Fossils in Montana and the Dakotas

What are fossils?

Where are fossils found?

What types of fossils are found in Montana, North Dakota, and South Dakota?

Help protect your fossils. 

What are fossils?

Tyrannosaurid toothFossils include all evidence of past life. Some fossils are those that people commonly think of when they hear the word, things like leaves, bones, teeth, and shells from once-living organisms. But fossils also include other evidence of an organism’s presence, such as footprints, burrows, impressions, even fossilized feces—all of them are fossils too!

Fossils are the ONLY source of information about past life. Without them, we would never know about the great dinosaurs or cool marine reptiles that once lived where we do today. If you, or your children, know about prehistoric beasts, you owe that to fossils that were collected and studied by a scientist. The scientists that study fossils are called paleontologists (not to be confused with archaeologists, who study past human cultures; see information on the Billings Curation Center).

Most individual animals that ever lived did not die in such a way that their body would be preserved as a fossil. And fewer individuals still will have survived for millions of years and avoid erosion to be collected by a knowledgeable person. For these reasons, fossils are considered a rare and non-renewable resource.


Where are fossils found?

Most fossils represent organisms that lived a long time ago, and left evidence of their presence in the sediment around them. For example, maybe they died and were buried at the bottom of an ocean in the mud, or along a river. Over time, the sediment is turned to rock with the fossil inside, and after millions of years it might be eroding out at the surface just in time for you to find it sticking out of the side of the hill!

Therefore, most fossils are found in sedimentary rocks that preserve the environments in which prehistoric organisms lived. Common environments that collected sediments and fossils include seas and oceans, lakes, rivers, caves, watering holes, and other similar places where plants and animals might live.

So to find a fossil today, you want to look for places where sedimentary rocks are exposed at the surface, where erosion might expose new fossils.


What types of fossils are found in Montana, North Dakota, and South Dakota?

Highway sign about dinosaurs near Bridger, MontanaMany of the most exciting fossils you can see in museums today were collected from land managed by the BLM. Montana and the Dakotas include some of the richest fossil-bearing rocks in the world. Eastern Montana and the Dakotas have extensive exposures of dinosaur-rich rocks and have produced many important fossils of the world’s most famous dinosaurs, animals like Tyrannosaurus, Triceratops, hadrosaurs, and many others. Those fossils come from rocks of Late Jurassic (~150 million) to Late Cretaceous (~65 million) age.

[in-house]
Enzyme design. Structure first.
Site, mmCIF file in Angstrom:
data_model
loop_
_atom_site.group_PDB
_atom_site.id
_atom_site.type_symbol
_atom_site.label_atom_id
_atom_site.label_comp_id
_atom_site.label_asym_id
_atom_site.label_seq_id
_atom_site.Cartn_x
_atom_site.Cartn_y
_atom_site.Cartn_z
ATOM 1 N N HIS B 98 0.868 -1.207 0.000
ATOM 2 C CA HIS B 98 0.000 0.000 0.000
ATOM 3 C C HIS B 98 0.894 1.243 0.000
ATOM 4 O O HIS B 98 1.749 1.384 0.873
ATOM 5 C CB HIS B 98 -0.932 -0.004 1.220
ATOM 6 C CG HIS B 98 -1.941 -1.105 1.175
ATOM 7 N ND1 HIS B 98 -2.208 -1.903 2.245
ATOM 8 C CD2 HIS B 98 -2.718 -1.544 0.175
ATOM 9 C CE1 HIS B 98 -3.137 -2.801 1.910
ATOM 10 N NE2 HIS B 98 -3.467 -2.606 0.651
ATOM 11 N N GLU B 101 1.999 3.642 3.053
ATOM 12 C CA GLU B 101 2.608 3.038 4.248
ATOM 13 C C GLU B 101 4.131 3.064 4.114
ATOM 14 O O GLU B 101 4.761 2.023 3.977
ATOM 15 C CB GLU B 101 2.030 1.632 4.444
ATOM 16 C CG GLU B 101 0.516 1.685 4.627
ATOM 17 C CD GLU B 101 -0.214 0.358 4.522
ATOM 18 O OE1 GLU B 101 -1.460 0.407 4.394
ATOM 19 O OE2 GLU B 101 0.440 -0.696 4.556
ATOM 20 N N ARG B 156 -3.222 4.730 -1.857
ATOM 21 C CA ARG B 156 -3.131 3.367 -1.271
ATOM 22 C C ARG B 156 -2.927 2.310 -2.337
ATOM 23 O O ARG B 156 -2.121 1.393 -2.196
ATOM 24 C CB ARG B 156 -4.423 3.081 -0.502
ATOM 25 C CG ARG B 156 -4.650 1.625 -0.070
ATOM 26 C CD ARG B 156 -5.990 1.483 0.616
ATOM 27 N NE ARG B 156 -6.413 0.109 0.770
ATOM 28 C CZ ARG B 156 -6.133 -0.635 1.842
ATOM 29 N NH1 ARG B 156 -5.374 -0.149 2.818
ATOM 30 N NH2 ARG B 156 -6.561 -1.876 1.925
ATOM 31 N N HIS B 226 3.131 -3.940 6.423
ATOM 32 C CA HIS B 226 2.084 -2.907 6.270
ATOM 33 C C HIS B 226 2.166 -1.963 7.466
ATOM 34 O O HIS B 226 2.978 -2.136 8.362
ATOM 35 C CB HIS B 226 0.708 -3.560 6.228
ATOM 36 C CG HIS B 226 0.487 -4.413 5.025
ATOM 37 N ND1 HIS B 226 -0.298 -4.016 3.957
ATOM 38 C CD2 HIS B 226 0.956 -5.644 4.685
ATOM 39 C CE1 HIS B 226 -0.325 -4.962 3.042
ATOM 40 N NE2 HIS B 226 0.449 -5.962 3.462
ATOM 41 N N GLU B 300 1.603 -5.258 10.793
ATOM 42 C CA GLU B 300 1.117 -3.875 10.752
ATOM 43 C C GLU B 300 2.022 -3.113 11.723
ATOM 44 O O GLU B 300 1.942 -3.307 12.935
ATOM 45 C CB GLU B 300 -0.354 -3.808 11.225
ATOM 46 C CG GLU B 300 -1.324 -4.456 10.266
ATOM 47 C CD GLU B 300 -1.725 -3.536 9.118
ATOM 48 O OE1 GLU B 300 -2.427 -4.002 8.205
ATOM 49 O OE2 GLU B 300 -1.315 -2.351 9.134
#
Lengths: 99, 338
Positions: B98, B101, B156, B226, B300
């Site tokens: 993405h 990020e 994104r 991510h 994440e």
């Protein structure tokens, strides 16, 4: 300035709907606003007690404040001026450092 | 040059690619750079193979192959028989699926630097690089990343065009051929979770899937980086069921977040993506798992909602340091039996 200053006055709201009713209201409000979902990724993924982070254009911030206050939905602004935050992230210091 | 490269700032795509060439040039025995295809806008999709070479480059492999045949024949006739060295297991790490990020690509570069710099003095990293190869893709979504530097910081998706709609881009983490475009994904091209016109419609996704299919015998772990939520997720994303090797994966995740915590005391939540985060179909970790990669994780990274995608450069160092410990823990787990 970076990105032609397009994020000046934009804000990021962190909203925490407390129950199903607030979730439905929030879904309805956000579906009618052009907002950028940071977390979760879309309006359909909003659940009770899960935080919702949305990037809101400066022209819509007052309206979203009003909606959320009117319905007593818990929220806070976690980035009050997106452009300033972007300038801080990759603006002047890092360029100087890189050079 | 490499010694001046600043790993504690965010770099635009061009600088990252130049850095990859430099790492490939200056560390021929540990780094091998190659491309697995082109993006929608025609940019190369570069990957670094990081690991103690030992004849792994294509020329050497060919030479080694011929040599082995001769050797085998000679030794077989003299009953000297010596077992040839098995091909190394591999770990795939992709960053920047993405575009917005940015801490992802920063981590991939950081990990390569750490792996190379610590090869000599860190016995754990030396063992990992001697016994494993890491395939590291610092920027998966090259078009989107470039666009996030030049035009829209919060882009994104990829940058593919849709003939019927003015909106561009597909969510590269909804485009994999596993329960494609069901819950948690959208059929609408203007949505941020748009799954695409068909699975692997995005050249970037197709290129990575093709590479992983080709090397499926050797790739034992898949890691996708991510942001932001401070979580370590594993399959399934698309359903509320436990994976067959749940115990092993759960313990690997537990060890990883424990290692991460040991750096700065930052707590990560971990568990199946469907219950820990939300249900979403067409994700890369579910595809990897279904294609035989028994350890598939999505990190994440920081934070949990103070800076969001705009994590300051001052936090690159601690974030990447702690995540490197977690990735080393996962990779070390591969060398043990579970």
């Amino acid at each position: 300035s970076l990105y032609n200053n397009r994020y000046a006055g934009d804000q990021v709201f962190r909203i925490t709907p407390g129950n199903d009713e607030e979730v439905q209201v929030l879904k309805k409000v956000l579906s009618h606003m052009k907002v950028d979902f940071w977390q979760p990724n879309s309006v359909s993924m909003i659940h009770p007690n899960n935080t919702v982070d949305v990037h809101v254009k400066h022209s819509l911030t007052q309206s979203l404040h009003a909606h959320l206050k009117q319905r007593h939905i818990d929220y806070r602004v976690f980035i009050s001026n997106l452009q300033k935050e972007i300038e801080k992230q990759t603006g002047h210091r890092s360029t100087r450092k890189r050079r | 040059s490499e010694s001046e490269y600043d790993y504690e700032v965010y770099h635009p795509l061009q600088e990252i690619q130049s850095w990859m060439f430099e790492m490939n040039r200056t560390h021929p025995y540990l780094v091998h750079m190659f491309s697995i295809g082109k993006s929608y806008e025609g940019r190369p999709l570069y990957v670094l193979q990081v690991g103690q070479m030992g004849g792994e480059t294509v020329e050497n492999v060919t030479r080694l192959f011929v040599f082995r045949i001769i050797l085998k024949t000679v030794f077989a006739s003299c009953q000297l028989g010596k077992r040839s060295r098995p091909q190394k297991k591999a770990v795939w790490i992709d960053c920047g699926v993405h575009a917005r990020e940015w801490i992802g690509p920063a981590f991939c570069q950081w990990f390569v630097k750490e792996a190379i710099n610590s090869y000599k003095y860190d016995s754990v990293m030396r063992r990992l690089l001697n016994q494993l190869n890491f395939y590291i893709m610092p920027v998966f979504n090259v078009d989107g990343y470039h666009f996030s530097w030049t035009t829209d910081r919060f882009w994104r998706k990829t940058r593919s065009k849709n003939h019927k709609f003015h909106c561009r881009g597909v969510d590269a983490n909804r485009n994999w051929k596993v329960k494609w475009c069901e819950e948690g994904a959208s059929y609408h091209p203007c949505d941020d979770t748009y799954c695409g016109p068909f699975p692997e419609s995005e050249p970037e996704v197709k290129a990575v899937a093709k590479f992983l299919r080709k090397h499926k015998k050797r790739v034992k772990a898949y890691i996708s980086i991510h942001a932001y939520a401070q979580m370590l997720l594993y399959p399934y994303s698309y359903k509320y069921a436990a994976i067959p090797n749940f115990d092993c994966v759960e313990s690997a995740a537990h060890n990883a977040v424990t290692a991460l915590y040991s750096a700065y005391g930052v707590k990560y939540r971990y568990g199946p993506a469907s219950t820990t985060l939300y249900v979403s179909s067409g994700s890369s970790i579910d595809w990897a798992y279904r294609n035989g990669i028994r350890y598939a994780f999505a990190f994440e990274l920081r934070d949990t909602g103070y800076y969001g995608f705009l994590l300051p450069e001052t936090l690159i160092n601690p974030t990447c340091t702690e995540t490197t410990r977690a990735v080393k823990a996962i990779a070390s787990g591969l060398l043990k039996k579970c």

In addition, many sea creatures can be found across the region. Long-necked plesiosaurs, animals described as looking like you threaded a snake through the body of a turtle, have been found. As well as flying reptiles, and the lizards of the seas, mosasaurs.

Across the western part of Montana, many fossils have been found in younger-aged rocks in the intermontane basins. Animals from several geologic ages from the last 65 million years are represented, including many unusual primitive mammal groups.



Help Protect Your Fossils

Casual collection of some fossils are allowed for personal, non-commercial use. See the details on hobby collecting. It is your responsibility to be familiar with the laws and regulations before you begin to collect. You should contact the closest Montana BLM Field Office for clarification and to learn about areas that are closed to collection.

Remember, fossils are part of our national heritage, and should be enjoyed responsibly. The BLM wants everyone to enjoy our public lands and resources in such a way that they are there for future generations. If you notice any suspicious activity on your public lands, with regard to fossils or any other resource, please contact Montana's BLM Law Enforcement at 406-896-5010.





State of Montana Indemnity GIS Data

Permitting and Contact

Educational Resources

Partners in Paleontology


Eastern Montana BLM dinosaur tours Japan

Montana fossils educate far away

New lizards found

Fossil Outreach in the Bridger Area

BLM Montana/Dakotas Paleontologist Greg Liggett talks Paleontology on Q2 - Video





BLM Montana/Dakotas Paleontologist Greg Liggett talks Paleontology on Q2